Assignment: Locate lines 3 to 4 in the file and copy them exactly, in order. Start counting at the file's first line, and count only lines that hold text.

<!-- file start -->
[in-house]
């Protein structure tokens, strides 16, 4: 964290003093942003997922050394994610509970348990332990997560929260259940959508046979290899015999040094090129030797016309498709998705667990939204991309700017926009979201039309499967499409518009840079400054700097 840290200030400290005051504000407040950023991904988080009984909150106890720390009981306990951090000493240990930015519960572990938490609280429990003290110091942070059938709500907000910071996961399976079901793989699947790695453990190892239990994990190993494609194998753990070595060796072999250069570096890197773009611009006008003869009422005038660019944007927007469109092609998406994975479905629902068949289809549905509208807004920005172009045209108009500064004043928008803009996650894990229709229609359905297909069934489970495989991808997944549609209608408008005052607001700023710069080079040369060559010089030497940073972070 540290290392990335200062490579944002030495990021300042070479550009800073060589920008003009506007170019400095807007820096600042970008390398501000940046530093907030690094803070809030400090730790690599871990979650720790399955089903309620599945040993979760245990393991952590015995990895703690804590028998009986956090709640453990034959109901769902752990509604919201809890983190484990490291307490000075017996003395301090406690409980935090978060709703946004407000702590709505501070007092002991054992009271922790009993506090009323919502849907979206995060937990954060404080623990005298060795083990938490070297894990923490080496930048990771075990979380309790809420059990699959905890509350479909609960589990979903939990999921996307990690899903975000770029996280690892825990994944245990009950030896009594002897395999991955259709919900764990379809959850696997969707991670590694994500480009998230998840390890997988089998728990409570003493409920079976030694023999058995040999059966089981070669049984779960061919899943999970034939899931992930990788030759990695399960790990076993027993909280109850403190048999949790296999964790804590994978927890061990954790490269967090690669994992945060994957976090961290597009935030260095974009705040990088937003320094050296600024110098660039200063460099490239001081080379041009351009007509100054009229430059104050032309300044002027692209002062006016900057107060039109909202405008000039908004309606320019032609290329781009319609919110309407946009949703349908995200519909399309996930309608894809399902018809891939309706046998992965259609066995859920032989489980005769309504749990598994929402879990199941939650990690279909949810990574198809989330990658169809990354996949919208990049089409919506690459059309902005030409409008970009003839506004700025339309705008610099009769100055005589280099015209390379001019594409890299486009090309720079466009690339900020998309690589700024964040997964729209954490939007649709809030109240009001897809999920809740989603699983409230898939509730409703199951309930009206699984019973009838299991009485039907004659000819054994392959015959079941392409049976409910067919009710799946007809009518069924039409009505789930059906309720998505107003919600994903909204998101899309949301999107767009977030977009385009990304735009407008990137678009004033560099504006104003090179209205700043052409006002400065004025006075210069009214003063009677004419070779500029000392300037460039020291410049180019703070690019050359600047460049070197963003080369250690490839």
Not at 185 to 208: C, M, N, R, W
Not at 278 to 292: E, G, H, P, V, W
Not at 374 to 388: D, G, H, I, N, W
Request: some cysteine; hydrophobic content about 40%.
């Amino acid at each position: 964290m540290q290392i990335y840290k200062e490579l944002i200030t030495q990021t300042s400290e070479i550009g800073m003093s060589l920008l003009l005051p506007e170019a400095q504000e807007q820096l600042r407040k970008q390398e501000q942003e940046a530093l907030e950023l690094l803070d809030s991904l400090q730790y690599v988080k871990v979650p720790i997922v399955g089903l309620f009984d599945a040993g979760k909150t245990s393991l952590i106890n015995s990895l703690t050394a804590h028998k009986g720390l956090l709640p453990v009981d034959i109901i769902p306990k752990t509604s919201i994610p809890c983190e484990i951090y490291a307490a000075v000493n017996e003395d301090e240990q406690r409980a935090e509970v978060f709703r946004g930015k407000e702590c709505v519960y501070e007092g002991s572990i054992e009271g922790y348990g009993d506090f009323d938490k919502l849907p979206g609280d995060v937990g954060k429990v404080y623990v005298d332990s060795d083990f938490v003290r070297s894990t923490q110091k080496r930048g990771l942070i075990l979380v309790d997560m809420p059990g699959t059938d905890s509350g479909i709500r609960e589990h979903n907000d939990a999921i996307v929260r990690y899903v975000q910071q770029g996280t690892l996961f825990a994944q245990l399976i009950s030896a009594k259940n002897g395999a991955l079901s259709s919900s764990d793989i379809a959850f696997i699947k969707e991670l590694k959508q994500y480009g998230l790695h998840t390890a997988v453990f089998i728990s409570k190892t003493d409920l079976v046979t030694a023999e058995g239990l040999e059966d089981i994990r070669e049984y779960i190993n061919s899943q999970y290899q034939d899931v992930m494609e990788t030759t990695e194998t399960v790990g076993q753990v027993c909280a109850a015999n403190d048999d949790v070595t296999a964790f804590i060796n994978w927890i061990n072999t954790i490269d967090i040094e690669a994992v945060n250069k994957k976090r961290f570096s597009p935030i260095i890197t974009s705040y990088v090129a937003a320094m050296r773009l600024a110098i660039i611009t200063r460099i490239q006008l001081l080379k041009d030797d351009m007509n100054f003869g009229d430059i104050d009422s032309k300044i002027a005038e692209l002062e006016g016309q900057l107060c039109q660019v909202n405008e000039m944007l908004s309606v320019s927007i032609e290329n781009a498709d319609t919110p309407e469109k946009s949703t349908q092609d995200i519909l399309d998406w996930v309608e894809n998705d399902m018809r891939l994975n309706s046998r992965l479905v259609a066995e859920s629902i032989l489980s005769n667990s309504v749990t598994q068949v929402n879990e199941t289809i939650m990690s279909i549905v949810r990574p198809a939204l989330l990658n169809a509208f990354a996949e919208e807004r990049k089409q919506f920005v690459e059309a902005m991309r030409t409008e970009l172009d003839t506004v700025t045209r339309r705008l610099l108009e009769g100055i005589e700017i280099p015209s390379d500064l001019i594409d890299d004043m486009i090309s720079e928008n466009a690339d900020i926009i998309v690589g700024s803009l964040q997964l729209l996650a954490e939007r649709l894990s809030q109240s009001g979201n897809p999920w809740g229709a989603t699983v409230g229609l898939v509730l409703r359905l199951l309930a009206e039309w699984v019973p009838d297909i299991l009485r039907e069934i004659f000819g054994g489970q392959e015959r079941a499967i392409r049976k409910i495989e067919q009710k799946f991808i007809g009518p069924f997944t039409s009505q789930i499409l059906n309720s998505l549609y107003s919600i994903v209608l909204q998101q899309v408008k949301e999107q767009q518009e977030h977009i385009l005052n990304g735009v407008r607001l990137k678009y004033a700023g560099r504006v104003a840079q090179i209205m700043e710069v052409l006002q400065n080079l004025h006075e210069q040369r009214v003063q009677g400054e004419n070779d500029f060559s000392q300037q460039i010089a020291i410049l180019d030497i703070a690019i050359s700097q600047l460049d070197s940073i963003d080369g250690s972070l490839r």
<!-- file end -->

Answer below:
Not at 185 to 208: C, M, N, R, W
Not at 278 to 292: E, G, H, P, V, W